By Bryan Cranston
This article is the first of a two-part feature, which aims to provide an understanding of the US presidential election process.
On the first Tuesday after the first Monday in November 2016 (Tuesday, 8 November 2016 [US time]), the voters of the United States will elect their forty-fifth president. We know there will be a new president because under the twenty-second amendment of the US Constitution, Barack Obama is ineligible to seek a third four-year term.
Although it is almost a year-and-a-half until Election Day, by analysing historical election results and trends in voter behaviour, the result is highly predictable. Despite this, presidential contenders will raise, and spend, billions of dollars in pursuit of a forgone conclusion.
The Electoral College
The President of the United States is elected via a highly complicated and unique system, known as the Electoral College (EC). Each of the USA’s fifty states has votes apportioned to the EC based on their state’s representation in the US Congress. The US Senate comprises 100 senators (two from each state), and the US House of Representatives comprises 435 members, apportioned by population, with each state having a minimum of one representative, regardless of population size. For example, California sends fifty-five delegates to Congress (two senators and fifty-three representatives); whilst Montana sends three delegates (two senators and one representative, known as ‘at-large’ because they represent the entire state). In addition, although the District of Columbia (Washington, D.C.) is not a state and has no voting representation in Congress, it is recognised in the Electoral College with the same number of EC votes as the smallest state (which is always three).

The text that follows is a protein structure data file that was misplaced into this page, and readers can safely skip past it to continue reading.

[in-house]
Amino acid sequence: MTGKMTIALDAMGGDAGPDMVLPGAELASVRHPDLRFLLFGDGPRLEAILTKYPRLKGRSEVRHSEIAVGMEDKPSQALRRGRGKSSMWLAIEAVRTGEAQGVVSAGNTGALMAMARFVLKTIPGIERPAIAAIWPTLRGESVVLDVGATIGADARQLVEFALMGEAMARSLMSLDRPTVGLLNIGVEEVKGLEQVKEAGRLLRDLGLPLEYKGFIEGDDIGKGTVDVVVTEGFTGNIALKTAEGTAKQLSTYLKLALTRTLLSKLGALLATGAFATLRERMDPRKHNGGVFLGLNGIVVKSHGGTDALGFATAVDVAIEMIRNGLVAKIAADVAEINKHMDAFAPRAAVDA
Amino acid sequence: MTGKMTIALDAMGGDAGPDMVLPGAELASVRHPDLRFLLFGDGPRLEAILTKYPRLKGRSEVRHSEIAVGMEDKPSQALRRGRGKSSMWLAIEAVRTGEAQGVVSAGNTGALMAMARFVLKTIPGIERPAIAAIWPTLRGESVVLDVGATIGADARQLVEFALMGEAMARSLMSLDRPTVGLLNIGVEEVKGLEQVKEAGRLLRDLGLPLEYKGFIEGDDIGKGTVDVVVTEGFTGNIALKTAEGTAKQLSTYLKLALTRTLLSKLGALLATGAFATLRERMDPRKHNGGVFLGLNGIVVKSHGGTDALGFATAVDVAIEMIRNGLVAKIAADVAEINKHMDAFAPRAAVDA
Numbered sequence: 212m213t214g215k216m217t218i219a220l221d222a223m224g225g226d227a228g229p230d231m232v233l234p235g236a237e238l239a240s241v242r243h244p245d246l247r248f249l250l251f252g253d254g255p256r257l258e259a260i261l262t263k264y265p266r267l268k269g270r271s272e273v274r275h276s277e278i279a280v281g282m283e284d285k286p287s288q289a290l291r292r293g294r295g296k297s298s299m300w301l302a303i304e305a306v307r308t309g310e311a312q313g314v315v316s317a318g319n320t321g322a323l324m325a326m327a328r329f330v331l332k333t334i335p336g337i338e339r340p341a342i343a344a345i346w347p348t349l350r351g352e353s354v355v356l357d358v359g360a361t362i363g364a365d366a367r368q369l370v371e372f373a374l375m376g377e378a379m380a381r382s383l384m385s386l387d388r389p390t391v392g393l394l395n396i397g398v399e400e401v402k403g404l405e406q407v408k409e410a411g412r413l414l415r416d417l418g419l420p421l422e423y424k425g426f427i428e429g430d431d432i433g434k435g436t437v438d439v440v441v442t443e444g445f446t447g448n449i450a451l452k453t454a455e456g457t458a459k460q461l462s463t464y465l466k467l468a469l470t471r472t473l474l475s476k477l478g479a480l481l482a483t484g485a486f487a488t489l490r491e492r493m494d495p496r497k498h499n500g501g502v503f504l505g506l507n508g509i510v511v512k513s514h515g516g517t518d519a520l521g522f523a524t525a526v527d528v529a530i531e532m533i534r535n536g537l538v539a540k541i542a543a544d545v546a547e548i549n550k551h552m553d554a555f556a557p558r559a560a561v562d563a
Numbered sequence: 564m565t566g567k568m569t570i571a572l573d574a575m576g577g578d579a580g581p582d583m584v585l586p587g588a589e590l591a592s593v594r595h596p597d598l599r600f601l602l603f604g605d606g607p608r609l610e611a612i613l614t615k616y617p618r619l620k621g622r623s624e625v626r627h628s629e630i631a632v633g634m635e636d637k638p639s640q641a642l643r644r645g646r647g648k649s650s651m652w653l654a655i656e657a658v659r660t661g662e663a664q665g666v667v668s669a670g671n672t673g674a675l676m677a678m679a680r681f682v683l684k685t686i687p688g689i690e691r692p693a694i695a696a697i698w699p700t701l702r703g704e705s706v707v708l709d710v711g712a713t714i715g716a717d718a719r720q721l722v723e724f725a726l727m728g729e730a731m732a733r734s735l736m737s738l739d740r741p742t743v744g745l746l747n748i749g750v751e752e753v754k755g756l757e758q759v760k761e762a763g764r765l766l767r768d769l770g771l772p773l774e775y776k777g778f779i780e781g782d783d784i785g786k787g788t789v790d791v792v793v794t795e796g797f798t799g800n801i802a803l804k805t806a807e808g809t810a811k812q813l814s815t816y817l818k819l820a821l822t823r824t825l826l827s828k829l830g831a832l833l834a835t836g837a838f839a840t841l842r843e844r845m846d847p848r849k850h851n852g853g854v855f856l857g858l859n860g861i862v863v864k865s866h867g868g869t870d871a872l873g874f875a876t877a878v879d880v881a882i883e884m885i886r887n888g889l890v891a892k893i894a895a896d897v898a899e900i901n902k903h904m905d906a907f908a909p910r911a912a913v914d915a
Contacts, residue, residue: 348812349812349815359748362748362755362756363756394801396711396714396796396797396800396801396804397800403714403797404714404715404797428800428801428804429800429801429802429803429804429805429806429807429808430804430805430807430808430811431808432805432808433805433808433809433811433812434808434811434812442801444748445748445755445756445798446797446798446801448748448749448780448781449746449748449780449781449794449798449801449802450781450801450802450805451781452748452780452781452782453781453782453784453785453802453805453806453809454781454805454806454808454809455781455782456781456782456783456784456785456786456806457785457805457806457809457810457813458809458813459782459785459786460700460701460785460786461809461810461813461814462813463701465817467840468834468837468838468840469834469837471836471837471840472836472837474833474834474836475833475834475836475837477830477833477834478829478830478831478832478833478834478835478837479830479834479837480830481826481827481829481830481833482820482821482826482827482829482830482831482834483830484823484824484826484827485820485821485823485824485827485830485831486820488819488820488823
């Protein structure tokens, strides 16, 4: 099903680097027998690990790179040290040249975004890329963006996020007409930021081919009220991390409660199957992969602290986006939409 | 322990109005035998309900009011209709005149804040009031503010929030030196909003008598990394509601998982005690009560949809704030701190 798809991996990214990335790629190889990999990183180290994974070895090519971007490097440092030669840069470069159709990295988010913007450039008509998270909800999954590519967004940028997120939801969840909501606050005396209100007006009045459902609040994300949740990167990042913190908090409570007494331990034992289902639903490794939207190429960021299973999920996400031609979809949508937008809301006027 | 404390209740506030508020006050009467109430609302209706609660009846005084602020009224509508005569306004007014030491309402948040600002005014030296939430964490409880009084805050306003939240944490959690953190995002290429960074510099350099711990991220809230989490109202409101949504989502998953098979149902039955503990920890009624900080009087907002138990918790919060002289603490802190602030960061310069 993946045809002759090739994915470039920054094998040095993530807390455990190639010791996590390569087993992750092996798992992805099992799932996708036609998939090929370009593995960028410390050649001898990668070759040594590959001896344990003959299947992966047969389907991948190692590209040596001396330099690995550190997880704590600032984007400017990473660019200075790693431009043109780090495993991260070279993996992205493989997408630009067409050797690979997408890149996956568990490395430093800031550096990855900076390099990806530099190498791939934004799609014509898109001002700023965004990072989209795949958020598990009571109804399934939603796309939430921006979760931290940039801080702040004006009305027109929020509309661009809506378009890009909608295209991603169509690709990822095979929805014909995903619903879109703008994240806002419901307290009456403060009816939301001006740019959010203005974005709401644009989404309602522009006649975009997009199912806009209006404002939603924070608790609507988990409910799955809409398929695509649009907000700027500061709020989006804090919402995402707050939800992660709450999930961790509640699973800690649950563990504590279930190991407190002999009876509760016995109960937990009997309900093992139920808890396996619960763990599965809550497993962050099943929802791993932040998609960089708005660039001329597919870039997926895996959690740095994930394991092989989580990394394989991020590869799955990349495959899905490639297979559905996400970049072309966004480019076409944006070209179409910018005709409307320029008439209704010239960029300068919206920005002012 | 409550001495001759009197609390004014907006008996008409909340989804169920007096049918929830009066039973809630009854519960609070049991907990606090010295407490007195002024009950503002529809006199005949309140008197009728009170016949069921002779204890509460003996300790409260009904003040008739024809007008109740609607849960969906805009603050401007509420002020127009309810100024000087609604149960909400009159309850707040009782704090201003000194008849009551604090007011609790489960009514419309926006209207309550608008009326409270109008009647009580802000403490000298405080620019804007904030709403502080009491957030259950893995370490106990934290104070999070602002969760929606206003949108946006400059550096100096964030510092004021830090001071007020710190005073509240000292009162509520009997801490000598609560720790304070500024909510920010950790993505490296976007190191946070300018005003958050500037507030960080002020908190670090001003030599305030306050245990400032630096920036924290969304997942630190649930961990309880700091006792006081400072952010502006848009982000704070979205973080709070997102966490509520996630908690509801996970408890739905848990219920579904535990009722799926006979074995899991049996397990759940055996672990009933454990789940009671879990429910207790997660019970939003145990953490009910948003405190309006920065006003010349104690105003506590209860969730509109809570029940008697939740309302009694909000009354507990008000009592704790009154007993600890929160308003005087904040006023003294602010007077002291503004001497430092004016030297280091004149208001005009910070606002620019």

Whichever presidential candidate wins a plurality of the popular vote in each state (ie ‘first-past-the-post’), receives all of that state’s EC votes (with two exceptions). Example, if ‘Candidate A’ receives 40% of the popular vote in California, but that is more than any other candidate (in a multi-candidate field); then ‘Candidate A’ will win all of California’s 55 EC votes.
This ‘winner-take-all’ approach applies to forty-eight states, with the two exceptions being Maine and Nebraska. These states award one EC vote to whichever presidential candidate wins each House district; they then award their two senatorial EC votes to whoever wins a plurality of the statewide popular vote. Example, Nebraska has three congressional districts, which means the state has five EC votes. In 2008, the Republican nominee John McCain won the vote in two of the state’s districts, and received an overall vote in the state of 56.5%, whilst Barack Obama won one district. McCain was therefore awarded four EC votes (two ‘House’ EC votes, plus two ‘Senate” EC votes), and Obama was awarded one EC vote (one ‘House’ EC vote).
The EC therefore consists of 100 + 435 + 3 = 538.
To win the EC, a candidate needs a majority of the EC vote* (ie half plus one); thus, the magic number is 270 EC votes.